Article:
Syracuse University alumna opens eco-friendly boutique

From the WRBL Internship Assignment Desk

SYRACUSE, N.Y. (WRBL) – Syracuse University alumna, Caeresa Richardson, worked in corporate America as a mechanical engineer for over 10 years, but always with an idea in the back of her mind of opening her own clothing boutique.

Last fall, that idea became a reality when Gypsy Freedom opened its showroom in downtown Syracuse. The eco-friendly and “socially responsible” store began as online only in Dec. 2019
and Richardson popped up in different areas of Syracuse, Skaneateles and Buffalo to test out the
market.

“I was not sold on Syracuse,” Richardson said. “I did not believe that this store would do well
here. … I was like, ‘I don’t know if people are really shoppers here.’”

Before opening Gypsy Freedom, throughout her professional career, Richardson learned how harmful the fashion industry is to the environment. According to recent research, clothing manufacturing is responsible for 8.1 percent of all global greenhouse gas emissions, the same as the entire European Union’s climate impact. For example, the annual per capita water consumption for apparel production is 6,313.7 gallons of water, or the equivalent of 150 baths. In the United States, one garbage truck of clothes is dumped in a landfill every two minutes.

“Almost every process of the fashion industry is destructive in some manner, and it’s such a giant industry that’s so unwieldly out of control in terms of trying to protect the environment,” said Todd Conover, a SU Associate Professor of Fashion and Design. “There’s a very large movement in trying to create more sustainable practices in the fashion industry.”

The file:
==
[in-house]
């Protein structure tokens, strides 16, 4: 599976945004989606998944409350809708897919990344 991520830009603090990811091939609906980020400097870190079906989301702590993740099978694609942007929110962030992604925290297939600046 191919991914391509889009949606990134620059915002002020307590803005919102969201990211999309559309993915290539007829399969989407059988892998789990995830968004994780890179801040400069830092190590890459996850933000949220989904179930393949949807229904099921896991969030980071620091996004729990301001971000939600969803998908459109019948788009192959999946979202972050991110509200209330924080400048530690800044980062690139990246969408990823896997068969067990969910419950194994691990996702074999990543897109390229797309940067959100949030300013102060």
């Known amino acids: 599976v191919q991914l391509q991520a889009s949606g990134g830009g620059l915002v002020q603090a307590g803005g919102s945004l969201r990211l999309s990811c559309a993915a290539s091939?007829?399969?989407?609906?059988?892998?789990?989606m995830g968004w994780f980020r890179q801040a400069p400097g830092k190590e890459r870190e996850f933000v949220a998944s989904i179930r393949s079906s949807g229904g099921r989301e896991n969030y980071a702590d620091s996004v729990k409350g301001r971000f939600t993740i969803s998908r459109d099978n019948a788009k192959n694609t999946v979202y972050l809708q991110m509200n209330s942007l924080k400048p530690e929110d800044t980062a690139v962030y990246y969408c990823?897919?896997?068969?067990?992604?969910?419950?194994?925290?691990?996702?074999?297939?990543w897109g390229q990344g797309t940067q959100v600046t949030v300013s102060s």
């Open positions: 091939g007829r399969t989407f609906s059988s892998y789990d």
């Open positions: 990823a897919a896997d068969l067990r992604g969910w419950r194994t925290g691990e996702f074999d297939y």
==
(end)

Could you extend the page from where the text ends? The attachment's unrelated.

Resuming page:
Richardson said she was having trouble finding brands that focused on sustainability, so she
realized women like her must be having the same problem.

“As I personally began to learn more about it, and I also was trying to look for styles and
clothing that I could wear in my everyday life to work, to class, I recognized that there’s an
underserved market here,” Richardson said.

Conover explained this movement needs to start local and then move global.

“Anytime a little store like this raises this awareness and suddenly there’s consumers that are
purchasing these goods because of this, I think it can only help,” Conover said.

The new business owner researches and hand picks every brand personally, so she’s not just picking them out of a catalogue. She chooses brands to feature that are fair trade certified, and clothing and accessories that are made from sustainable materials such as bamboo, hemp, recycled polyester, and tencel (a fabric made from eucalyptus pulp). It’s also important that the brands are socially conscious, Richardson said, so many of the brands partner with charities.

Despite her initial nerves, Richardson has no regrets.

“I love watching this little itty-bitty idea that I had that became this nagging voice in my mind, that eventually sparked into this store,” she said. “I love watching other people come in here, learn about the materials, learn about the brands, and take the brands home, and the information that they learn home.”

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